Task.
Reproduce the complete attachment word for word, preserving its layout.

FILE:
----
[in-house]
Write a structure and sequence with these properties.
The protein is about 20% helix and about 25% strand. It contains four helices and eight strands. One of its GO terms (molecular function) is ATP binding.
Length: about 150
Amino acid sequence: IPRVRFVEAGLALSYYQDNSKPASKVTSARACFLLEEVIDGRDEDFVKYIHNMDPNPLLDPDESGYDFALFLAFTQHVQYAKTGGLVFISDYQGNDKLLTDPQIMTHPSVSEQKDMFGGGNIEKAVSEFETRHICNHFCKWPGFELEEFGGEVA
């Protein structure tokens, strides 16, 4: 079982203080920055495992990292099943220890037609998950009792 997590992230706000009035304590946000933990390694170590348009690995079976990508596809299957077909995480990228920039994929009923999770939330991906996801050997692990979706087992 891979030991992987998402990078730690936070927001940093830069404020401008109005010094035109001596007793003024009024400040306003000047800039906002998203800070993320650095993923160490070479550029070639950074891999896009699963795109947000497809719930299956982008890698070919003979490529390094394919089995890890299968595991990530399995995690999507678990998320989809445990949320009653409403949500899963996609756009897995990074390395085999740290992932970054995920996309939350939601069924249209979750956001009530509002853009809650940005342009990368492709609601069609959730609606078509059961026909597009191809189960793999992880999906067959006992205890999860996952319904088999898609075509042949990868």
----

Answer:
[in-house]
Write a structure and sequence with these properties.
The protein is about 20% helix and about 25% strand. It contains four helices and eight strands. One of its GO terms (molecular function) is ATP binding.
Length: about 150
Amino acid sequence: IPRVRFVEAGLALSYYQDNSKPASKVTSARACFLLEEVIDGRDEDFVKYIHNMDPNPLLDPDESGYDFALFLAFTQHVQYAKTGGLVFISDYQGNDKLLTDPQIMTHPSVSEQKDMFGGGNIEKAVSEFETRHICNHFCKWPGFELEEFGGEVA
């Protein structure tokens, strides 16, 4: 079982203080920055495992990292099943220890037609998950009792 997590992230706000009035304590946000933990390694170590348009690995079976990508596809299957077909995480990228920039994929009923999770939330991906996801050997692990979706087992 891979030991992987998402990078730690936070927001940093830069404020401008109005010094035109001596007793003024009024400040306003000047800039906002998203800070993320650095993923160490070479550029070639950074891999896009699963795109947000497809719930299956982008890698070919003979490529390094394919089995890890299968595991990530399995995690999507678990998320989809445990949320009653409403949500899963996609756009897995990074390395085999740290992932970054995920996309939350939601069924249209979750956001009530509002853009809650940005342009990368492709609601069609959730609606078509059961026909597009191809189960793999992880999906067959006992205890999860996952319904088999898609075509042949990868």